If we look at the six elements suggested by Simon Anholt to shape a national identity – people, culture, investments, policy, brands and tourism – we will easily discover that identity for Palestinians is not only about the nation’s image but also about the political image of its leader and the human capital of its heroes. Leaders or personalities are human capital for Palestine and include poets, artists, and the figures who have managed to penetrate the international borders with the soft skills they have been gifted. In order to counter the image of a victim, why not introduce the heroes?

Palestinians are perceived poorly and with sympathy, and in Palestine’s nation branding, there exist a number of already established brands. The rap group DAM, young Palestinian brothers who focus on conflict and poverty; Trio Joubran, three musician brothers who have taken the oud’s music to world-class level; Reem Bana, a singer, another icon in Palestinian music who travelled the world and managed to gather the love of millions around the globe. Athletes such as the Twin Skaters and the Speed Sisters, the first all-women race-car-driving team not only in the Arab world but also in the Middle East. Among poets, it is not contested that Mahmoud Darwish, Ghassan Kanafani, and others already brought Palestine to the world in various languages. Palestine is rich as well in cartoons, a new kind of art, with names such as Naji al-Ali, Mohamed Sabaaneh, and many others whose cartoons and posters gained the attention and inspiration of the world. Artists such as Nabil Anani, Bashar Alhroub, Tayseer Barakat, Laila Shawa, and many more are shown in famous world galleries. Scholars such as Edward Said, child heroes such as Ahed Tamimi or Shadi, Ahmad, and the photographer Arine Rinawi, a young woman who managed to reshape the field of photography in Palestine, and many others. These are humble examples of personalities that make Palestine unique, and they are established brands that Palestine can utilize in its nation branding to practice public diplomacy by introducing those talents and skills that Palestine can put on the international scene and that have no duplicates anywhere else. Palestinian human capital is a major investment in building a national brand for Palestine. Palestinian official diplomacy carried out by the ministry of foreign affairs via numerous embassies sheds light on these personalities, enabling them to take part in exhibitions, concerts, and other events that take place in international cities and fora.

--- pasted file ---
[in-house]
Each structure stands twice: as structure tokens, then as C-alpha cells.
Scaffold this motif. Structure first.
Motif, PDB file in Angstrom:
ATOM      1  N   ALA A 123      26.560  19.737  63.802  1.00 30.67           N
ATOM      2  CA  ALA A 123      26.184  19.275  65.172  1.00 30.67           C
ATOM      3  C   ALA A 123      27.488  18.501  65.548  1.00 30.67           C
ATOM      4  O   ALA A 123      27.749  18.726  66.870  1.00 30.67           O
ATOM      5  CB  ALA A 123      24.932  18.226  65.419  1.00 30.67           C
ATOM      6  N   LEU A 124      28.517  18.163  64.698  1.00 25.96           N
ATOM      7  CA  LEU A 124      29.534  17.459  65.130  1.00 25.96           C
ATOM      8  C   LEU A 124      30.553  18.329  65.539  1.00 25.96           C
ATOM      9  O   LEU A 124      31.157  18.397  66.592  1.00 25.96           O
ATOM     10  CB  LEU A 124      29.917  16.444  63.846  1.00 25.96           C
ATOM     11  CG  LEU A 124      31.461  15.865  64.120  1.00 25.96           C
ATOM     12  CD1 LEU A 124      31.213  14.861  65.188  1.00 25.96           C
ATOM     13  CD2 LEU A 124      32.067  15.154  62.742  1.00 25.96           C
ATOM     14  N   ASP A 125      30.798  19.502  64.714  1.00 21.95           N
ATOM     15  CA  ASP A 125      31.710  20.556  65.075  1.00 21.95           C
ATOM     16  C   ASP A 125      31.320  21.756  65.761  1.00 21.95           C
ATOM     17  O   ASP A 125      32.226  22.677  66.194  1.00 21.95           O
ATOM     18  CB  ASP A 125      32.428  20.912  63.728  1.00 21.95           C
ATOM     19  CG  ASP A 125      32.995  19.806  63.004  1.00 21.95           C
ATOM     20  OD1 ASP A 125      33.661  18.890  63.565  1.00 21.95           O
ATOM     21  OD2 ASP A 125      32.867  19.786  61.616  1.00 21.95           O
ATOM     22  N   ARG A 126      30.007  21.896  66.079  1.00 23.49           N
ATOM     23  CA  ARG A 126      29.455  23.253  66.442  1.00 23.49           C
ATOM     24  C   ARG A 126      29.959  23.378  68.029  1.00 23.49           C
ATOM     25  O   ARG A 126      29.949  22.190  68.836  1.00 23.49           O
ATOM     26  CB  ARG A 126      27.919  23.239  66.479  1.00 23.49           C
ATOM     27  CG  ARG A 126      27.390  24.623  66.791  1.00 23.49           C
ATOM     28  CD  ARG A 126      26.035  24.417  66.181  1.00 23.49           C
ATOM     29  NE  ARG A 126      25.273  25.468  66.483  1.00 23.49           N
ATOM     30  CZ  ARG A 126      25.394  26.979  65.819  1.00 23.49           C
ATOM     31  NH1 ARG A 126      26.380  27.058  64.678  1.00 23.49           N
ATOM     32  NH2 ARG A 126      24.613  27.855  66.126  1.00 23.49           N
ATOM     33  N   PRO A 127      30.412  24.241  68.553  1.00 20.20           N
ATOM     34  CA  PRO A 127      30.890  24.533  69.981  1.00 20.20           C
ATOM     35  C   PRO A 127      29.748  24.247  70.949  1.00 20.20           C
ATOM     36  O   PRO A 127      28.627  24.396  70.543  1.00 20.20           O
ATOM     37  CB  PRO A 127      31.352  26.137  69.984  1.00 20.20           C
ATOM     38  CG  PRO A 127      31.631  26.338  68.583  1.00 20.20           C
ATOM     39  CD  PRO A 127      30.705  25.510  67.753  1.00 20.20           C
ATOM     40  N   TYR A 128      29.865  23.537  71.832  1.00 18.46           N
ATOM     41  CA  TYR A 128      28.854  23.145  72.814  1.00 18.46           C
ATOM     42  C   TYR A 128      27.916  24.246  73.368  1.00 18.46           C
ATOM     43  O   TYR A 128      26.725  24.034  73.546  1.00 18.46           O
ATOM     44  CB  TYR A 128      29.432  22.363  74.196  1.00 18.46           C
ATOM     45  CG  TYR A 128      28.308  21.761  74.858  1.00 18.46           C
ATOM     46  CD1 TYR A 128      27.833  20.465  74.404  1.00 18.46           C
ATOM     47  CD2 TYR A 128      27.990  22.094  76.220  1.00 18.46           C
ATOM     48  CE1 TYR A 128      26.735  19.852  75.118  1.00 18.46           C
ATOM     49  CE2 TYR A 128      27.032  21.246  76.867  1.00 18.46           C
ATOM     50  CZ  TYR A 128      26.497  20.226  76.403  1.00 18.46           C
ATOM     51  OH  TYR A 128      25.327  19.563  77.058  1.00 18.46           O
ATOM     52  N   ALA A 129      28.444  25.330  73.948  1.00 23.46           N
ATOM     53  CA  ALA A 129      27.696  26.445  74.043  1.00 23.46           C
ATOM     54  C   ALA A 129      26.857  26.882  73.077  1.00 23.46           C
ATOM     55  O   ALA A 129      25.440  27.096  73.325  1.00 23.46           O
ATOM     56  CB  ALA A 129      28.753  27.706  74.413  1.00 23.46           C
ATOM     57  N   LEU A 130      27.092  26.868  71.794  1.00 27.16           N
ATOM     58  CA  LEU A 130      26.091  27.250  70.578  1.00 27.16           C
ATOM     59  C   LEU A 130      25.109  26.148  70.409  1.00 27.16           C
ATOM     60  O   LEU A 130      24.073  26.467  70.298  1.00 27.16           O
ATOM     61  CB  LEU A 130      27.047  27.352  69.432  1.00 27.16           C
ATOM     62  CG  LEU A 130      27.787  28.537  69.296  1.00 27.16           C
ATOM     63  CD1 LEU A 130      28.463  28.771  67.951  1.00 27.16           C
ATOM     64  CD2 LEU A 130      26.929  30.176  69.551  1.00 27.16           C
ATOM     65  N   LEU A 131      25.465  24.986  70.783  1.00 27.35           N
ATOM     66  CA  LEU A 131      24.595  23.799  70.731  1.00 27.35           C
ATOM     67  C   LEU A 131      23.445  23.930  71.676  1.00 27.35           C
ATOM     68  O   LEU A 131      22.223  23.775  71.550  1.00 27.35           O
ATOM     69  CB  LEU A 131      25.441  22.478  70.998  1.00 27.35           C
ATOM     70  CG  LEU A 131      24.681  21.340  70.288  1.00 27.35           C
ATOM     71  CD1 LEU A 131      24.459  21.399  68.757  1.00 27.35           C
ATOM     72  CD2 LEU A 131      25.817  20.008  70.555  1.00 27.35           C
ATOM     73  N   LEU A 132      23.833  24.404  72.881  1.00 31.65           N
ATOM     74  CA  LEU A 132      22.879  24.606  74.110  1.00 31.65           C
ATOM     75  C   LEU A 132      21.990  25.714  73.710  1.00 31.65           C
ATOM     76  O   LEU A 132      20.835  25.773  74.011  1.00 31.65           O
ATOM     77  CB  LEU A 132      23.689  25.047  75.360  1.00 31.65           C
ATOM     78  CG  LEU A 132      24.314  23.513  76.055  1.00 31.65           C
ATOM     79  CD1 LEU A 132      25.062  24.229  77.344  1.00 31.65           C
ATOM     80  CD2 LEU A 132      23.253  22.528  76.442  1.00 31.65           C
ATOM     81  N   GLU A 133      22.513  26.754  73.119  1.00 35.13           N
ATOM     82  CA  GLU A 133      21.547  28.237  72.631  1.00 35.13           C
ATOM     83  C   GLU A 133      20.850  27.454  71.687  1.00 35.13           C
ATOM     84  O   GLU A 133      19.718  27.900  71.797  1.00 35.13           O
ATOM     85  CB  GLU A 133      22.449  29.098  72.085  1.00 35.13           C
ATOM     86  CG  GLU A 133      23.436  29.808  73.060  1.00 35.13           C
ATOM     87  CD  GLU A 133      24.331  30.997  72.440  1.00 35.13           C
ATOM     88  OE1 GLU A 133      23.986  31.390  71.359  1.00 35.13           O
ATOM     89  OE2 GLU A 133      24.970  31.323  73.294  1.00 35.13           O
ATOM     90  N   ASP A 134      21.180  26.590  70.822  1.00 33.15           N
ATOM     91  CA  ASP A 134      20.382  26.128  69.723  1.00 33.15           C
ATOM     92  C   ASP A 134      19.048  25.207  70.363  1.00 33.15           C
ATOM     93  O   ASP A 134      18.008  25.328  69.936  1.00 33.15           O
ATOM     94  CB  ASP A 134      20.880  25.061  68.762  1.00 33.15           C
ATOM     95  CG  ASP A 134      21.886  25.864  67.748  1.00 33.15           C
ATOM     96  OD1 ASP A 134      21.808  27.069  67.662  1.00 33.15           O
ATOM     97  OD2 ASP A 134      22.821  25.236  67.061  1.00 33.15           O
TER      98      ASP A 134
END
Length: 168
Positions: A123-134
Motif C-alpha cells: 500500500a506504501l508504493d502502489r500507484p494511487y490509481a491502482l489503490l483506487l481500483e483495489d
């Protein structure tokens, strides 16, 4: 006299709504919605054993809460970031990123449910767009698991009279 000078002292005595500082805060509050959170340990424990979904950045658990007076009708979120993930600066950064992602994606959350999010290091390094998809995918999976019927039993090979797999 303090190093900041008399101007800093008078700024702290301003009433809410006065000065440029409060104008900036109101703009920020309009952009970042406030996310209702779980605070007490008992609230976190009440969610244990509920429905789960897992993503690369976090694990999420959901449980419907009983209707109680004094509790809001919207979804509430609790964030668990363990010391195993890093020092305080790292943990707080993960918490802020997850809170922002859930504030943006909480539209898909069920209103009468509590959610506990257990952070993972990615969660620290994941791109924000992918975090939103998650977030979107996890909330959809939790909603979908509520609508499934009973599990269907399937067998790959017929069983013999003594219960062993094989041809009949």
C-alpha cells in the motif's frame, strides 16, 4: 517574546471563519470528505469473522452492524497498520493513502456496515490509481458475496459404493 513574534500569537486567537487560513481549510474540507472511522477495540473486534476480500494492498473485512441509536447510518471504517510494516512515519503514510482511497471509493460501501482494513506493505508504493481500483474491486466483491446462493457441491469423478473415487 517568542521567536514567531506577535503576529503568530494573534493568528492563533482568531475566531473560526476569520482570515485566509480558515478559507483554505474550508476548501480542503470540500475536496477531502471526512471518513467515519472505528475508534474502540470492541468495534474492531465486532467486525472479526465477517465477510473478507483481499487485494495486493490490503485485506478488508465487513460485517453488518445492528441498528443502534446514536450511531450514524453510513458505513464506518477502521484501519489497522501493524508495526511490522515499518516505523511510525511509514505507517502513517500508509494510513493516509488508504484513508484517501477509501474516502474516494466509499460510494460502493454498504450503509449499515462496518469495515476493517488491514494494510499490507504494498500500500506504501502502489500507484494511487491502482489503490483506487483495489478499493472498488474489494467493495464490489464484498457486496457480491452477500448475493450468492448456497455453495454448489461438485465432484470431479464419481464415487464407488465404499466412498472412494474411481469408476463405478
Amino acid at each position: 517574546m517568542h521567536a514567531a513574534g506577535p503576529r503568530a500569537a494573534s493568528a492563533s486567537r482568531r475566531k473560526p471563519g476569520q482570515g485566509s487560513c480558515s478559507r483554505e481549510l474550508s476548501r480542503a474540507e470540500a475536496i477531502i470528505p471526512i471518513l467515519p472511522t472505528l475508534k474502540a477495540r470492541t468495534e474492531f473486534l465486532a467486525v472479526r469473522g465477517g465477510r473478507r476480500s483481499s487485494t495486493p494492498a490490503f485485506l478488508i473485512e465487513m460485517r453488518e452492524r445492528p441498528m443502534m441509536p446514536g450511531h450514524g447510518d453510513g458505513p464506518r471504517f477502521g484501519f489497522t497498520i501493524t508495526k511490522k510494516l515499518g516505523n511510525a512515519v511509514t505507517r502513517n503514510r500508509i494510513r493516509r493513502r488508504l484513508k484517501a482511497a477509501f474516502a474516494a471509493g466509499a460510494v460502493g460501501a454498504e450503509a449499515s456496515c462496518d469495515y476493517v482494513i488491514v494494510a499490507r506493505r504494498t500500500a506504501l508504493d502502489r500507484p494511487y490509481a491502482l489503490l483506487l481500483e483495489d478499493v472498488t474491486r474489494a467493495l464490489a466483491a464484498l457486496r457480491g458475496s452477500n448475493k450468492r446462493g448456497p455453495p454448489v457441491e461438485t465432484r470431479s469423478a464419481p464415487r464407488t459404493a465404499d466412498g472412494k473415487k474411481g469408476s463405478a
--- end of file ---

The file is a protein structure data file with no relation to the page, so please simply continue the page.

We need to address two questions: How do others view us? What do we want to promote about Palestine?

Tourism is another aspect. Registered old cities or cities listed in the UNESCO world heritage record can be a good focus. The Palestinian cities of Jerusalem, Hebron, Jericho, Battir, and Bethelehem have great significance for tourism, culture, history, and religion. Palestine should consider branding itself by focusing on these cities and what makes them unique, a much-needed effort to attract attention and to show the Palestine that we wish to promote.

In the past, public diplomacy was conducted through messengers, ambassadors, and official TV and radio shows. In the twenty-first century, however, in times of technology and communication, power is not only about who wins wars but rather about whose story wins! And today public diplomacy has a new set of tools.

Social media plays a huge role. There exist today a number of pages that carry out PD. For example, the Palestine Institute for Public Diplomacy (PIPD), affiliated with the PLO, has been working on amplifying the positive image of Palestine. Other online sources are Positive Palestine*4 and the YouTube channel Dialogue by Diana Al Shaer.*5 These are social media outlets and podcasts that use all platforms, including videos and images, to promote the positive aspects of Palestine. Craving Palestine is another example that promotes the best recipes of Palestinian chefs and dishes made of Palestinian ingredients and herbs. Academic conferences, festivals, parades, TV shows, seminars, and webinars are all new tools to employ in new PD.

Palestinian culture contains many treasures: the hand-embroidered thobe (traditional dress), the dabka dance, the delicious local cuisine, and the amazing spirit of hospitality are among the many things that make Palestinian culture very attractive.